How Can We Create An Online Learning Support System At Our College

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Welcome to the world of campus support. I recently volunteered at an elementary school in Silicon Valley where I met many talented teachers who did great things every day, but I realized one thing I’ve discovered through my work with graduates is how much time they spend on admin.

When I talked with one teacher whose young son is bright and engaging, she said that she spends so much time on admin that even when the kids are not in class, she has to get her list of things done—taking care of forms, learning every textbook, missing registration deadlines and printing by the end of the week so she can present to the administration and navigate a way out of the excessive time—to make sure she is on track, that the needs of the students are met and everything is aligned to best practices. She could get by fine if it wasn’t for these admin responsibilities.

I’ve also found that most people work hard to be good coaches to their students or faculty, but when we get into a race to make something come together on time or onto a standardized test, our care for the children begins to fade. Being a good coach requires a lot of time and attention to details and to see things beyond what’s required—but when we are so consumed by the to-do list, our mind can easily slip down the rabbit hole and become fixated on other things—and that can negatively impact our ability to lead, hold students accountable and give them consistent guidance.

Now, I’m not advocating that we shut down the process of preparing for and testing for performance because of the flood of paperwork required and the hours of work required to create the right worksheets and align them. A valuable component to effective process is workflow recognition, which is an organizational system that helps prioritize and ensure we’re doing everything we can to create a healthy learning environment. And so now, when I think about how we can be excellent coaches when we are creating digital learning support systems, I tell my staff, “Find out what each student needs and how their school process has been structured to meet their needs. We need to design a system that best meets their needs, because it gives us everything we need to make their lives easier and more efficient.”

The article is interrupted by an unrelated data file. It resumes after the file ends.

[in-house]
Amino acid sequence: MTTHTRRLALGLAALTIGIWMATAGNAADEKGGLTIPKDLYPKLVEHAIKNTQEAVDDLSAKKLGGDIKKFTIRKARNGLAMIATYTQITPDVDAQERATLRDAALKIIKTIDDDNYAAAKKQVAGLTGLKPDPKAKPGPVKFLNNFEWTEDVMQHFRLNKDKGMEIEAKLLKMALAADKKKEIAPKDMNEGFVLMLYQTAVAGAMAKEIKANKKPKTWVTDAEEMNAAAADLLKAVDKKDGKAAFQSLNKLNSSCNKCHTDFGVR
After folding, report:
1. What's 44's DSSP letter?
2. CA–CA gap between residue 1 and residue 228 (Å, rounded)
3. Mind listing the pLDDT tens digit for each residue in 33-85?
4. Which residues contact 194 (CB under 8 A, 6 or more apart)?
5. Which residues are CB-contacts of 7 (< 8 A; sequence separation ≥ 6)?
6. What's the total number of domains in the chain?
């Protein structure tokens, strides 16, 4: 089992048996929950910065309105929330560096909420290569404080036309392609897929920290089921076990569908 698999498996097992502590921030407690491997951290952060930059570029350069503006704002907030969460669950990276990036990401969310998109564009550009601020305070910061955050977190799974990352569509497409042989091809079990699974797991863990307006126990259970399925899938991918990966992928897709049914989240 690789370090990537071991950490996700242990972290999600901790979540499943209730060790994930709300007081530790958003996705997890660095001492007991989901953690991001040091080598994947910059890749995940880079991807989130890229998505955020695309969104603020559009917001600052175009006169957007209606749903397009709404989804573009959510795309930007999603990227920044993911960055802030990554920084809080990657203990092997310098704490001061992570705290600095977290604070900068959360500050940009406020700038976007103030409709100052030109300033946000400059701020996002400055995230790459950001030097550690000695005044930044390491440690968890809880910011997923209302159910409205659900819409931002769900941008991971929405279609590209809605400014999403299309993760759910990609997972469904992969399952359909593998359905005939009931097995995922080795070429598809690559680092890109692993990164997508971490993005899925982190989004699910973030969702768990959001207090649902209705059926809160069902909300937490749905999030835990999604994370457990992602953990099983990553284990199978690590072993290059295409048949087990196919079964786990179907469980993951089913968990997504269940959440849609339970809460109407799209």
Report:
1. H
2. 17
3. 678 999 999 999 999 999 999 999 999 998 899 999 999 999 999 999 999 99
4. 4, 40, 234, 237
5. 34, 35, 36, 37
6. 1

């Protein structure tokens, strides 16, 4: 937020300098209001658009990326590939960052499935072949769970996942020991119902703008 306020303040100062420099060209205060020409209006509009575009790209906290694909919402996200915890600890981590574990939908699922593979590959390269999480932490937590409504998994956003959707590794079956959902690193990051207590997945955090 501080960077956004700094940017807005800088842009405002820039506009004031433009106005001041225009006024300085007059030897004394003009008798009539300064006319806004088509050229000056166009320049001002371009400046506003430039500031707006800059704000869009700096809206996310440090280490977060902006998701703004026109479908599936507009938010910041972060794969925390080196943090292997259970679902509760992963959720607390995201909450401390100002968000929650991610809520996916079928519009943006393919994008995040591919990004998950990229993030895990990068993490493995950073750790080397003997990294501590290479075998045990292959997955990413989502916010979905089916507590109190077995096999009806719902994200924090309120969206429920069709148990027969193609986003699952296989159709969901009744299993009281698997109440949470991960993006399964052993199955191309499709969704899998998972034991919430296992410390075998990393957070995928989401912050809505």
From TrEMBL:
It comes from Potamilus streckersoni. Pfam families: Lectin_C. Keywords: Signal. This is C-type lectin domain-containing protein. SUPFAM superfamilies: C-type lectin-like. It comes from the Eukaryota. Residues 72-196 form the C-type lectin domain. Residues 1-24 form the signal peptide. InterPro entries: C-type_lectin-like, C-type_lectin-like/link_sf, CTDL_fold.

For example, if one of the demands I make on my team is to quickly ensure that students have all the books they need for the upcoming testing, I need to establish a mindset in my team that they can only spend time with students so much on paper. So, we’re designing an app that will help them streamline this process so that their time is spent with students as much as possible. The product will automate the sorting process in a way that increases their access to students and thus keeps them focused on their students. The goal is to help students become more connected, creative and supportive instead of more disconnected.

To launch this system, we are doing a research study with a sample of 100 sixth graders to see which ones need extra help reading for the upcoming report cards and how we can make it easier for them to engage with the school. What I’ve learned is that we have to pay special attention to what our students need, and that means having a filter for all assessments (whether they be standardized or informal) and how we allocate our limited time, and then applying that filter for all supports and tools that we have.

This filtering system of maximizing the time spent with students is a foundational element to a successful digital learning support system. It also goes a long way to making a difference for everyone. It makes teaching feel like it’s super fun and we can enjoy it more than when we are doing a drill and figure out how we will do it. It also means that any time we get away from that drill, we get the kinds of moments that students are looking for when we teach—reflection, talk, game time, play and discussion.

I can’t tell you how much my former colleagues and I owe to our former colleagues for making a difference at our own campuses, so the more I can share, the better. Talk with your college community, ask them for their ideas and let’s get started.

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